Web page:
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Proposed Surface Mining Project

RB Engineering, on behalf of property owner Terra5, has requested a surface mining Conditional Use Permit to remove approximately 400,000 cubic yards of sand and gravel from a 17-acre site located at 2503 Marine View Drive. The site has been mined intermittently since the 1950s.

Check back to this page for updates as they become available.


For additional information, contact City of Tacoma Project Manager, Shirley Schultz at (253) 591-5121.

Where is the site?

  • 2503 Marine View Drive, nine parcels, 17.1 acres
  • Zoned C-2 General Commercial and R-2 One-Family Dwelling District
  • Surface Mining is a conditional use in all districts, compliant with the Growth Management Act (RCW 36.70A.170), which requires the designation of mineral resource lands

Has the site been mined before?

The site was in the same ownership from prior to 1950 until about 2003, when the ownership changed to the current owners. The site was mined intermittently from the 1950s to the last active mining at the site, approximately in 1998. The site has a current, active permit with Washington Department of Natural Resources (DNR) for sand and gravel mining. The site has never completed the reclamation process.


Get more information on the DNR surface mining program.


The city issued a surface mining permit in 2008; it expired in 2013 without the mining occurring. With that permit, conditions limited truck traffic so it did not leave the site during commute peak hours. There were also noise reduction/compliance conditions. It is expected that the conditions would remain the same.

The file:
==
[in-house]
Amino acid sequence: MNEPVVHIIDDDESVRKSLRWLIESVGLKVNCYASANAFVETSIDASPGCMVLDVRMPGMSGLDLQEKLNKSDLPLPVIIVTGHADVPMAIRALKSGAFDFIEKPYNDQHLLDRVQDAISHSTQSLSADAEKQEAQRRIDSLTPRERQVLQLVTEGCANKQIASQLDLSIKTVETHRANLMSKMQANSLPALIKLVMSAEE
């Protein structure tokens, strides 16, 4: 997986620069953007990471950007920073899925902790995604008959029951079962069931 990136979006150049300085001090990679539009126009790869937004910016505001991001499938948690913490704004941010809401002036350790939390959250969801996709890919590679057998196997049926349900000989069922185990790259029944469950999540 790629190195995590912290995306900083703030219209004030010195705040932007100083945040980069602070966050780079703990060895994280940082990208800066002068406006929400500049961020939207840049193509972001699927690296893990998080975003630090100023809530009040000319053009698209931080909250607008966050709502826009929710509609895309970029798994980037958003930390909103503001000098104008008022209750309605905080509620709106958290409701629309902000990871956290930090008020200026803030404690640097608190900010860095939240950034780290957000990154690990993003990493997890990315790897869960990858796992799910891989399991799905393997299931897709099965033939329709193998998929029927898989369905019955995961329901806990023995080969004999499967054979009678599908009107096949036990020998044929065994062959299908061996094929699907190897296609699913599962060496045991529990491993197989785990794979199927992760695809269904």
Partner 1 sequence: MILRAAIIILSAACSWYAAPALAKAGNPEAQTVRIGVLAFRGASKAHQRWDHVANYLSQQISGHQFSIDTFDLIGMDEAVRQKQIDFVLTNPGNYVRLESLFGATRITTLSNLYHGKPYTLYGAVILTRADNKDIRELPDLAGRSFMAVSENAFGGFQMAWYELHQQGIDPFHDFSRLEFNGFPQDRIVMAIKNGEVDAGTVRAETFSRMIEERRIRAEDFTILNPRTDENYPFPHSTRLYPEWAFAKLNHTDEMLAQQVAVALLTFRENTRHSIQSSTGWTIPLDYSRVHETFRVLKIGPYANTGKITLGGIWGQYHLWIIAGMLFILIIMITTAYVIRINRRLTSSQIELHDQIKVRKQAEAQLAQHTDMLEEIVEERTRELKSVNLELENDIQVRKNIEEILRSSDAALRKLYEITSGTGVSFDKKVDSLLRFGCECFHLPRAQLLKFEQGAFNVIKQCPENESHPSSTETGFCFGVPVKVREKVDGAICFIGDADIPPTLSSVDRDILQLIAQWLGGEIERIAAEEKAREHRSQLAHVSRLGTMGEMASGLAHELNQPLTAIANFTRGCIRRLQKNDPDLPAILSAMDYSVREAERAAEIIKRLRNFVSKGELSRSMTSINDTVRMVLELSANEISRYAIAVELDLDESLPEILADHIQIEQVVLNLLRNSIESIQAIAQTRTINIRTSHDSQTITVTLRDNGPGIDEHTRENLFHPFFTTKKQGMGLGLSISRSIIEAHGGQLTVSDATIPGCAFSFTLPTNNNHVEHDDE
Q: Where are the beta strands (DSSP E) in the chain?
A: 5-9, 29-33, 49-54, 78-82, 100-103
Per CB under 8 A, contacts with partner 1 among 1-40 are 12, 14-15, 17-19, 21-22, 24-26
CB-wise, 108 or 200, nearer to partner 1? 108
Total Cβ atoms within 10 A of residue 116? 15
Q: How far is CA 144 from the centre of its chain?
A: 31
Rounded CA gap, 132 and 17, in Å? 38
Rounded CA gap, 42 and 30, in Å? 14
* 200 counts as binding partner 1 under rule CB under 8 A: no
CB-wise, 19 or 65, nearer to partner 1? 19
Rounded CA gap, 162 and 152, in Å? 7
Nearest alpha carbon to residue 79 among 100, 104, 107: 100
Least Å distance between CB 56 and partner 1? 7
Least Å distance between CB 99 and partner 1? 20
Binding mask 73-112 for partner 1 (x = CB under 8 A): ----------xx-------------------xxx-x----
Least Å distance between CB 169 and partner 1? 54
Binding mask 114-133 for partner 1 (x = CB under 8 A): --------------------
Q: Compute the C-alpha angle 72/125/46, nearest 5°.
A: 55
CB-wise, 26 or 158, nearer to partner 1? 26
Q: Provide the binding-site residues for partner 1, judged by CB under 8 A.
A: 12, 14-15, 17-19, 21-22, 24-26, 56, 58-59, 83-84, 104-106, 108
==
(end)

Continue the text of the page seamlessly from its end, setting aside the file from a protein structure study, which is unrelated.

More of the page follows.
Why is this under consideration inside the city?

State law (RCW 36.07A.060 Growth Management Act) and administrative regulations (WAC 365-190) require designation and protection/preservation of mineral resource lands. They are treated like both critical areas and essential public facilities. Mineral resource lands are inventoried and mapped by the state Department of Natural Resources and also at the county level.


View the Pierce County rock aggregate resource inventory map.


The City lists mineral resource lands along with other critical areas. While they are mentioned in the Comprehensive Plan, they are not mapped at the local level. The City zoning code (TMC 13.06) addresses mineral resource lands by (1) protecting these lands from adjacent uses in TMC 13.06.603 by stating that any residential use planned within 400 feet of a surface mine must acknowledge its existence, legality, and future use; and (2) by  making surface mining a conditional use in all zones.

What is the permitting process for a sand and gravel mine?

The Conditional Use Permit (CUP) sets forth the public process and the criteria by which a request for a surface mining permit is reviewed. General criteria (TMC 13.06.640) include community need, compliance with the Comprehensive Plan goals and policies, and protection of public health and safety.


There are specific requirements for a surface mine, as well as (TMC13.06.540). These include, but are not limited to:

  • Possibility of redevelopment of the site
  • Finished slope stability – both on and off-site
  • Protection of adjacent streets and public lands
  • Securing a bond or other security to guarantee completion of reclamation plan/site restoration

The Department of Natural Resources Reclamation program requires the site to be restored to a usable state for future development.